In February 2014, Chris Woebken and I found ourselves on the way to M.I.T.’s Media Lab in Cambridge, Massachusetts, about an hour’s travel away from the town of Auburn where Robert H. Goddard had launched his first rocket in 1926.
On a whim, we stopped at a Toys-R-Us and bought a couple of Estes scale model rockets and motors with the intention of playfully re-enacting the launch. Upon arriving we found the historic site, now a golf course, completely covered in snow. We barely managed and were struck by how much it visually resembled the Moon.
One month after, we held the inaugural meeting of the Society for Speculative Rocketry – named in honor of the Berlin Society for Spaceflight – at Eyebeam Art & Technology Center in Chelsea, New York City. The aim of this ongoing artistic research project is to explore the practicalities of model rocketry in an artistic context, in part through building on the work of The Extrapolation Factory, a joint project by Chris Woebken and Elliott P. Montgomery, which provides a framework for speculative thinking.
Eyebeam’s main space was transformed into “the basement of a think-tank”, borrowing widely such as the windows of RAND Corporation, with a view on a virtual Santa Monica beach. Large tables were divided into sections such as ‘speculation’, ‘manufacturing’, ‘vehicle assembly’ and ‘vehicle display’.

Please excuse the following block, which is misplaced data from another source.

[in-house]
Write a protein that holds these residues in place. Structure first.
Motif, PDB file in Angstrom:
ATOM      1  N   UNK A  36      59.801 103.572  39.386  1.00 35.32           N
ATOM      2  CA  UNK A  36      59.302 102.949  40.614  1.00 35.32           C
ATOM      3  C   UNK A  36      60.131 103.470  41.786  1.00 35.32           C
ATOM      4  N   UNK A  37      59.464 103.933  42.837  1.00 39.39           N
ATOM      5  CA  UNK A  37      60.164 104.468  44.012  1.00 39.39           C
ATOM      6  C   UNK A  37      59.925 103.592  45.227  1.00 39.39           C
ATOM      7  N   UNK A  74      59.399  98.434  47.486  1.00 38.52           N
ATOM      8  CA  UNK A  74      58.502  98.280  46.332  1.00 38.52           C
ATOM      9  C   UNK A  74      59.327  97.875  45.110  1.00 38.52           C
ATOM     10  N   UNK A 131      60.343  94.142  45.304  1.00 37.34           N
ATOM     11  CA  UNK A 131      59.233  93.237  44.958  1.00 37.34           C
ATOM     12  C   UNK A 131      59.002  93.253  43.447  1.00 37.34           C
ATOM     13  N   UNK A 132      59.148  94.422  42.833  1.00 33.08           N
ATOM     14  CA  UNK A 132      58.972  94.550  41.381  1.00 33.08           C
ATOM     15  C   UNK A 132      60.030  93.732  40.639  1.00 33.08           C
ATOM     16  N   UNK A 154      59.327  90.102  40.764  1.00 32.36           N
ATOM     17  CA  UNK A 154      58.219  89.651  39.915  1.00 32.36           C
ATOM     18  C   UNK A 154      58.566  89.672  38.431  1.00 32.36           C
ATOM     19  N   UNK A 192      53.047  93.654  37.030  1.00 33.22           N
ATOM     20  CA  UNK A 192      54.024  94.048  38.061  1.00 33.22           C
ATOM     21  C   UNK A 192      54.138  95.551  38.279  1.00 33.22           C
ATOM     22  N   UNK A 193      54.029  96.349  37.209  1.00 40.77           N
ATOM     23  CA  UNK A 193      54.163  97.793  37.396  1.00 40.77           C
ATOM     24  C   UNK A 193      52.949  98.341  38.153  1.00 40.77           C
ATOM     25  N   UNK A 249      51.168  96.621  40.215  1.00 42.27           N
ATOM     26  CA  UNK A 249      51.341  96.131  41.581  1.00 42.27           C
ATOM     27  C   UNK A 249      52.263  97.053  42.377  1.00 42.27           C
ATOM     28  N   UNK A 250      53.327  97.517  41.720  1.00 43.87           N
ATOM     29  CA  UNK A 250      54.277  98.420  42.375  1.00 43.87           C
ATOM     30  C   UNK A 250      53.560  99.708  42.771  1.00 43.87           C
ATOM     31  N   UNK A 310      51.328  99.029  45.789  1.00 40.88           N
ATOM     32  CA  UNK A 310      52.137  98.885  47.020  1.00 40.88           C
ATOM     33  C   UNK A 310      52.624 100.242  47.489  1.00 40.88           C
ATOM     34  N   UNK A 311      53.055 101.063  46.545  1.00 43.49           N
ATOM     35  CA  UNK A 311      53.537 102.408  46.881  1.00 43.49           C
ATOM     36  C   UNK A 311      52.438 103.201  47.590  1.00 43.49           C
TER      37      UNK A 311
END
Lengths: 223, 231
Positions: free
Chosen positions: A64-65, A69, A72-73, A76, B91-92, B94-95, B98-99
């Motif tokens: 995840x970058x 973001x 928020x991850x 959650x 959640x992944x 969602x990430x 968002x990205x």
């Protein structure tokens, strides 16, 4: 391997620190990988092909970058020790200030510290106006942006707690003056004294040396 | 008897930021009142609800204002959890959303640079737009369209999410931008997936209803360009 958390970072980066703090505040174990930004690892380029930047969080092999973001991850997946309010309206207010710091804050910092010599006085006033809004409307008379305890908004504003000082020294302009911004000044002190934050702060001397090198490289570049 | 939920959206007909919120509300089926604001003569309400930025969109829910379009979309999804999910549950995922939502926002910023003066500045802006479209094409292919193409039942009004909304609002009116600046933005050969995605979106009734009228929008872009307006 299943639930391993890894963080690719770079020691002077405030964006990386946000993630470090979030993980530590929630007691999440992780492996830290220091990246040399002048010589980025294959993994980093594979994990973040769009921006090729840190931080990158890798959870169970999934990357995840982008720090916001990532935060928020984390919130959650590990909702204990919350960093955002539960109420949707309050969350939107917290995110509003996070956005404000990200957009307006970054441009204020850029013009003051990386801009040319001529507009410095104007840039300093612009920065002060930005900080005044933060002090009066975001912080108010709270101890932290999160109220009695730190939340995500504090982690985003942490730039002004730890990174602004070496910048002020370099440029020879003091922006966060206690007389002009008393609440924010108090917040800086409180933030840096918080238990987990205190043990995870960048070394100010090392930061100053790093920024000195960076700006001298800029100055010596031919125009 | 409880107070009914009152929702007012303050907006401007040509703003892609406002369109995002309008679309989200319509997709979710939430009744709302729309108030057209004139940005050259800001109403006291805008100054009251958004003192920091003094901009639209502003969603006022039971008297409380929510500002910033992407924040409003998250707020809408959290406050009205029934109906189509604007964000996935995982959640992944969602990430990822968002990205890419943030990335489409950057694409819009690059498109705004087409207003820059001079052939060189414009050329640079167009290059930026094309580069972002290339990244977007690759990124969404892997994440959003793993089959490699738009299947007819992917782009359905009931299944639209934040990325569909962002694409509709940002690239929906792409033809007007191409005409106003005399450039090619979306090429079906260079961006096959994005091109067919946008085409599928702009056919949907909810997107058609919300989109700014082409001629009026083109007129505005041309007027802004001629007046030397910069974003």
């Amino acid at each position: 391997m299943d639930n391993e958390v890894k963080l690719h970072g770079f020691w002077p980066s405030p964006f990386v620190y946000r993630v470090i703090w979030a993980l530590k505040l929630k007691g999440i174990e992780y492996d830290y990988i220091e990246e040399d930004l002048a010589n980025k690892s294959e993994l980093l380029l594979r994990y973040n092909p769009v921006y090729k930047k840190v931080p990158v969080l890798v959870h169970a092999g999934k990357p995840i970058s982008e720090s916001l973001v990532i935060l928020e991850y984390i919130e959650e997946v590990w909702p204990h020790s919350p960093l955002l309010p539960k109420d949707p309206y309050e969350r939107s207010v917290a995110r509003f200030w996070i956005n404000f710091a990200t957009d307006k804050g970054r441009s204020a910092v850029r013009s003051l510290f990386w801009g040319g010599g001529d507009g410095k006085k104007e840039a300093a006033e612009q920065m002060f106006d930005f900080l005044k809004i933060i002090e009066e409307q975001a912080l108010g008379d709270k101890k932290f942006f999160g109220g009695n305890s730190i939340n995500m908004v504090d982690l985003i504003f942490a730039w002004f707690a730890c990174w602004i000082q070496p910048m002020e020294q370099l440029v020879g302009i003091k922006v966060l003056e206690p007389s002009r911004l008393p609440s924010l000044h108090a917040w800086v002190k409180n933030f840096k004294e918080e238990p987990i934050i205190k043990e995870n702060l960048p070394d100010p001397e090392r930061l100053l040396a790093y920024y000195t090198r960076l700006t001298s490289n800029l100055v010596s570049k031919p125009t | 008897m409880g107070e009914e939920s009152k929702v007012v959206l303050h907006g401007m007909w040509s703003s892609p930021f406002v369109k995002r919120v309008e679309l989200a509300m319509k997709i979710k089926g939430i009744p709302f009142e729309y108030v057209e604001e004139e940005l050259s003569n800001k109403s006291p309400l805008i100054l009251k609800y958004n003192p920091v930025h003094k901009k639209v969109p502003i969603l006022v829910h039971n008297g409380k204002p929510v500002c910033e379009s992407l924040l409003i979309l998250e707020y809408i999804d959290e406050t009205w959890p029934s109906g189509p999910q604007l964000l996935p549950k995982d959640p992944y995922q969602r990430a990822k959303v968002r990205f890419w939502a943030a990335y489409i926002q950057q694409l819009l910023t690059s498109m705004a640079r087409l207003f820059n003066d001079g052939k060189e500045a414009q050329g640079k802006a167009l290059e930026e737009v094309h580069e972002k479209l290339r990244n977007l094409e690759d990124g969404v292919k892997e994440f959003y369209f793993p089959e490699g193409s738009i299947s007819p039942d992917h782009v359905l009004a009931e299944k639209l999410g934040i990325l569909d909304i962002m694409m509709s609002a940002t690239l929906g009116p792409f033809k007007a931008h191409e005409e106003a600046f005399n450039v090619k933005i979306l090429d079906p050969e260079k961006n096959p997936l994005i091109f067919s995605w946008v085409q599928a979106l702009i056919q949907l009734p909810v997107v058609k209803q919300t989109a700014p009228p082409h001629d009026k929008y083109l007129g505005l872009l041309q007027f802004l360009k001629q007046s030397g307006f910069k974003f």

After spending half of the day being taught how to build a functional model rocket by a volunteer from the Long Island chapter of the NAR, participants were provided with an array of inspirational material – historical photographs, Tsiolkovsky’s drawings, NASA’s visions of space colonies and more.
Those materials served as triggers for a guided speculation process in which the participants would build a symbolic ‘payload’, an object to go into the tip of the model rocket, a scale model, nested within another scale model.
False memories, alternate presents, visions of the future or of the past. In addition to providing on-site 3D printing we also created a ‘Tsiolkovsky Kit’, a collection of items from the previously mentioned sketches, already in the shape of plastic models, thus short-cutting Tsiolkovsky’s visions and their later miniaturization as a scale model.
Day two, March 16 2014, saw a return to Auburn, MA in order to stage a performative re-enactment of Robert H. Goddard’s launch that had happened on the same day, 88 years ago.
One of the final models we launched was carrying a little camera. Although the camera was extremely light, it considerably altered the flight path of the rocket, making it ascend just a couple dozen feet before the motor burned out and the parachute deployed.
Upon viewing the video, a local expert in rocketry remarked that this flight must have almost perfectly traced Goddard’s first flight, producing the equivalent of a visual record for what wasn’t documented in 1926.
The Society for Speculative Rocketry is in a sense magical thinking through scale models. However, it is also an exploration of the dynamic flows between the wildly different ontologies that all happened within a single discipline of science and technology – roughly 150 years after Jules Verne had first published ‘De la Terre à la Lune’, a fiction which both Konstantin Tsiolkovsky and The Berlin Rocket Society cited as key inspiration.